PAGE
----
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Thursday, May 23, 2024

Task Force Recommends Starting Mammography at Age 40 Amid Rising Breast Cancer Rates

An expert panel recommended on Tuesday that regular mammography screening should begin at age 40, citing a surge in breast cancer rates among young women. This recommendation marks a reversal of longstanding guidance that advised most women to wait until age 50 for routine screening.

The U.S. Preventive Services Task Force, known for issuing influential advice on preventive health, finalized a draft recommendation made public last year. The decision to lower the screening age reflects concerns over the increasing incidence of breast cancer among women in their 40s, which has been rising by 2 percent annually between 2015 and 2019.

Dr. John Wong, vice chair of the task force, emphasized that the recommendation aims to provide sufficient benefits to help women live longer and improve their quality of life. The panel advises screening every two years for women at average risk of breast cancer, though many patients and providers prefer annual screening.

However, the recommendation has faced criticism from women’s health advocates like Representative Rosa DeLauro and Representative Debbie Wasserman Schultz, who argue that it does not go far enough to address the issue.

In addition to the change in screening age, the task force stated that there was insufficient evidence to endorse extra scans, such as ultrasounds or magnetic resonance imaging, for women with dense breast tissue. This decision has significant implications for insurance coverage, as insurers are not mandated to provide full coverage for additional screening for these women.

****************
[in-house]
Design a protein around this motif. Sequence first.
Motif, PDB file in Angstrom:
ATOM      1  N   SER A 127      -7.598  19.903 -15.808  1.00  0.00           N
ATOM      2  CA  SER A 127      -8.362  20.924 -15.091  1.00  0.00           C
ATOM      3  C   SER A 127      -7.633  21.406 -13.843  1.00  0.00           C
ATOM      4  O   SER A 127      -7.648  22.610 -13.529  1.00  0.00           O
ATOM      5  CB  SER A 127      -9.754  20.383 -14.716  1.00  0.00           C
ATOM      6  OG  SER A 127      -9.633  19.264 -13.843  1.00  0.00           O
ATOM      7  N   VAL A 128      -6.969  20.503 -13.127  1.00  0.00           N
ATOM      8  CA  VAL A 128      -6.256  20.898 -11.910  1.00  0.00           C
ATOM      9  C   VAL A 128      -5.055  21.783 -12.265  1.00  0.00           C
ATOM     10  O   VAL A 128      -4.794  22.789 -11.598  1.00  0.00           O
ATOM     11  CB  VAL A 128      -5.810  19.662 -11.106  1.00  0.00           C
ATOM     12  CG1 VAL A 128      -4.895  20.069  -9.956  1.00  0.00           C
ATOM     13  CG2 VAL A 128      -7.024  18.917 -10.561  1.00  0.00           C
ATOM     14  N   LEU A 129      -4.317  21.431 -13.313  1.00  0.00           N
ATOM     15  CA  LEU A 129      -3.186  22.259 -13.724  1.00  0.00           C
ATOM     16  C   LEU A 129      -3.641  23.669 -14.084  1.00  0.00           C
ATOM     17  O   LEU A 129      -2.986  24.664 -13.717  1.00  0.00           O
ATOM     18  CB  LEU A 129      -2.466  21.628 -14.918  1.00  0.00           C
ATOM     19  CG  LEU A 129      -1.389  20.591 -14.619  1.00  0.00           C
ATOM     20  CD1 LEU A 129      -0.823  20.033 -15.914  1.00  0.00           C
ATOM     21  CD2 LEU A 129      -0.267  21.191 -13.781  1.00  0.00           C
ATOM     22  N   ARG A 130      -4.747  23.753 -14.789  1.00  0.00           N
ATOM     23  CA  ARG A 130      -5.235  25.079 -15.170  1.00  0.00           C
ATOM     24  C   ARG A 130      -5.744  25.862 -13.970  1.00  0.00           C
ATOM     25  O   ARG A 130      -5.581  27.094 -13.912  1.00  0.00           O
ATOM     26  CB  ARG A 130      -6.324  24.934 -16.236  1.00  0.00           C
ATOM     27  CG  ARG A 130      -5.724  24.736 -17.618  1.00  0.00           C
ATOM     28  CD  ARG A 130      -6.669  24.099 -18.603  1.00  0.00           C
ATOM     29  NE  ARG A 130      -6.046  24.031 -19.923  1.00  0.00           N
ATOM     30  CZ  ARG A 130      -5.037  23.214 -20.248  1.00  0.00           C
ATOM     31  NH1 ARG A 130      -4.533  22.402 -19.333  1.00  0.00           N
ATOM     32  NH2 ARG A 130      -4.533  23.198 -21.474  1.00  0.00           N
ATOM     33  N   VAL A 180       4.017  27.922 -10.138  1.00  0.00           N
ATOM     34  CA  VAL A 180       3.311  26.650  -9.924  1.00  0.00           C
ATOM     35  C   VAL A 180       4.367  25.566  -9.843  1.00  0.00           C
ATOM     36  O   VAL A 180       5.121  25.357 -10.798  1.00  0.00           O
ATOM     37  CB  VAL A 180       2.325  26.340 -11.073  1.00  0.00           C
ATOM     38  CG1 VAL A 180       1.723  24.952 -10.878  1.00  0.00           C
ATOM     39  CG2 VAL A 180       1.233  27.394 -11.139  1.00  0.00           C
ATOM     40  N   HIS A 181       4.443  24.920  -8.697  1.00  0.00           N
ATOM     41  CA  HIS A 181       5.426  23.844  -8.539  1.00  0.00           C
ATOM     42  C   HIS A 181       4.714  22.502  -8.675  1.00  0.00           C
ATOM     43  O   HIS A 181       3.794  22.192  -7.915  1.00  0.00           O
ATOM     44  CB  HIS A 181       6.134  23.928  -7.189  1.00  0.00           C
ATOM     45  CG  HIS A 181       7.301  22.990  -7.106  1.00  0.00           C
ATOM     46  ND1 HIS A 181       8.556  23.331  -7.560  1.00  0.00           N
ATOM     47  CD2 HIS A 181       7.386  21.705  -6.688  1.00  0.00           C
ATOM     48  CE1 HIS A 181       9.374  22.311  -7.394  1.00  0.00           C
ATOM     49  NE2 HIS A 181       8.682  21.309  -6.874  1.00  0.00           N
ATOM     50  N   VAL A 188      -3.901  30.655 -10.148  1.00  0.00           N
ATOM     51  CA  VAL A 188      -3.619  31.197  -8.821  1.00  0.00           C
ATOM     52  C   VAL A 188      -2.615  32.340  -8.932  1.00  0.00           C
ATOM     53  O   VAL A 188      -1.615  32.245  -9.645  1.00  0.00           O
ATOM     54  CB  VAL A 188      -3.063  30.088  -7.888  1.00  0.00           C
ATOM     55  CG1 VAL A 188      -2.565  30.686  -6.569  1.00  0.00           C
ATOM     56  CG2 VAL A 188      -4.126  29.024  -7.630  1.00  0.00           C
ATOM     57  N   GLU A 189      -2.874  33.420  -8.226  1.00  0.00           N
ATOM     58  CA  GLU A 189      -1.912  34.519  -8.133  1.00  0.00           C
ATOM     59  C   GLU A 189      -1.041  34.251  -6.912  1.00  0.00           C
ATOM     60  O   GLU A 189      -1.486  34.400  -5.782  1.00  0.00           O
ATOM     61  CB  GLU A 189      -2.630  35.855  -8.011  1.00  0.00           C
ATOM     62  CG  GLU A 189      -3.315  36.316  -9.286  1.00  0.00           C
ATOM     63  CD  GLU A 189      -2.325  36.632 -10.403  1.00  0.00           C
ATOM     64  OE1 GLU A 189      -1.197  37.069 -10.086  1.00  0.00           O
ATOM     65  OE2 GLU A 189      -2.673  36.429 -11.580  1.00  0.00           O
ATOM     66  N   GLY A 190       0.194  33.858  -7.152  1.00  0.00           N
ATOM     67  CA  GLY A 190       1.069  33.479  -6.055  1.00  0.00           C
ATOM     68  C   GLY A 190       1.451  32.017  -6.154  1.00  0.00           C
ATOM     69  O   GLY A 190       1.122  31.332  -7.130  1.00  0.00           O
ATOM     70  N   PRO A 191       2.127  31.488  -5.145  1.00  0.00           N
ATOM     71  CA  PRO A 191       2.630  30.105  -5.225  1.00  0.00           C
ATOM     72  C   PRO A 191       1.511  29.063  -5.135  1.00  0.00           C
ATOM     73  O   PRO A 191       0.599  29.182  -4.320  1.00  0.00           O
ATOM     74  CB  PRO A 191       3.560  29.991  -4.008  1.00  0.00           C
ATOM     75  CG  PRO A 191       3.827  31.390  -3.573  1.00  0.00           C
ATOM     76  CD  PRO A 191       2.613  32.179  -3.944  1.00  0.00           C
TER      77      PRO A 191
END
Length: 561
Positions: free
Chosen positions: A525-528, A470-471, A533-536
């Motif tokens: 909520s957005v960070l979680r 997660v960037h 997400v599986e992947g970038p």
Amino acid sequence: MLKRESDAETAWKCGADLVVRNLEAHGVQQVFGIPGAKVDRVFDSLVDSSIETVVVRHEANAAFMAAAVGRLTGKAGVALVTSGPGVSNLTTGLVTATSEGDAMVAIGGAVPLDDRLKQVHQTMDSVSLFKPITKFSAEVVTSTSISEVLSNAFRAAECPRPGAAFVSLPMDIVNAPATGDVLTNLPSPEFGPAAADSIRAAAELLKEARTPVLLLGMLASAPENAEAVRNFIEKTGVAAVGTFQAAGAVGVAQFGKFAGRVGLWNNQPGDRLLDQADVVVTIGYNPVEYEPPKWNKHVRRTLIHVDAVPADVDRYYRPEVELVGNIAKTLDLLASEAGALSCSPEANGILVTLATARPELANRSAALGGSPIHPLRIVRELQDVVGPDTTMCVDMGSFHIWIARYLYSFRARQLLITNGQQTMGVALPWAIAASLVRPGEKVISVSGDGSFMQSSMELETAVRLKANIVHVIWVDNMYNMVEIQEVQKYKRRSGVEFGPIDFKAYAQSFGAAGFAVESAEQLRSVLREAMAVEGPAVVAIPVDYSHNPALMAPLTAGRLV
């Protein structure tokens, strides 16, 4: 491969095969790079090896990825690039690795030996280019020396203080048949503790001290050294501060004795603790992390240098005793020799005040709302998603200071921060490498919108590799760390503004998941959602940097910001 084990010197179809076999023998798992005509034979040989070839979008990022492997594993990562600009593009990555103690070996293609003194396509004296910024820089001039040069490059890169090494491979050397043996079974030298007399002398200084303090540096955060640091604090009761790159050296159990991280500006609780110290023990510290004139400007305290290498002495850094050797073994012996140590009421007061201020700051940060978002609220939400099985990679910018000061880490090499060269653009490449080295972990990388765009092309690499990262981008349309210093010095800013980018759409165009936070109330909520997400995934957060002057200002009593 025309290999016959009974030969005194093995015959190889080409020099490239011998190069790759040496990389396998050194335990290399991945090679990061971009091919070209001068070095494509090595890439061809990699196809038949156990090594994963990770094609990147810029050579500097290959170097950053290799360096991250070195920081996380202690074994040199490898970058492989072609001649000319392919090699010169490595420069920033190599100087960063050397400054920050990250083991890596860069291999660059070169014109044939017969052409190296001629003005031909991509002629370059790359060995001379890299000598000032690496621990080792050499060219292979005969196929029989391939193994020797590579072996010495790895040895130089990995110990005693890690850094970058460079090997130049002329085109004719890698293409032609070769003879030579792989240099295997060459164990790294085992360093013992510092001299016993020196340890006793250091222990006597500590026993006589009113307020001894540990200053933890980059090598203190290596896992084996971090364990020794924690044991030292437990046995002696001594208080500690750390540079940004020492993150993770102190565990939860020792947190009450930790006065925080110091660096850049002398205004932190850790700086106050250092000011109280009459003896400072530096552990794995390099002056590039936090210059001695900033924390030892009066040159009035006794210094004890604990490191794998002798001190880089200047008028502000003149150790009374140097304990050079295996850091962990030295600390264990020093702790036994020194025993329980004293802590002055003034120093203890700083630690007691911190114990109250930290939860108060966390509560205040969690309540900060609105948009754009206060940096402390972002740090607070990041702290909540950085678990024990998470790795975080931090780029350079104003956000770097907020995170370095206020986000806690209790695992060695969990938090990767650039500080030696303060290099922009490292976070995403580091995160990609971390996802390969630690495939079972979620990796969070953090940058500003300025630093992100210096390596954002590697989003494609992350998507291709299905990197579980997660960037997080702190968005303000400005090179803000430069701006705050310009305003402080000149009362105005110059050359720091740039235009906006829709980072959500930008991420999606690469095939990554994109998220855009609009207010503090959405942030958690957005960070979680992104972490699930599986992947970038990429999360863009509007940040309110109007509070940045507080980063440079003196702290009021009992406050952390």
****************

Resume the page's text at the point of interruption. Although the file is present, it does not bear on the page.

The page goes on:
The task force’s stance on supplemental imaging has sparked controversy, with some medical organizations like the American College of Radiology endorsing supplementary screening for women with dense breast tissue. They argue that ultrasound, in conjunction with mammography, detects additional cancers in patients with dense tissue.

Dr. Stamatia Destounis, chair of the college’s breast imaging commission, emphasized the importance of annual screening for women at average cancer risk, as opposed to the task force’s recommendation of screening every two years. She also highlighted the need for all women to be assessed for breast cancer risk before age 25 to ensure timely screening for those at high risk.

While the task force’s decision to lower the screening age to 40 is considered an improvement, Dr. Destounis believes that the recommendations do not go far enough to save women’s lives. She emphasized the need for comprehensive screening strategies, especially for minority women and transgender individuals at increased risk of breast cancer.

The task force’s recommendations underscore the ongoing debate surrounding breast cancer screening and the challenges in balancing the benefits of early detection with the potential harms of overdiagnosis and unnecessary treatment. As medical experts continue to refine screening guidelines, the focus remains on improving outcomes for all women at risk of breast cancer.

Jonathan James
Jonathan James
I serve as a Senior Executive Journalist of The National Era
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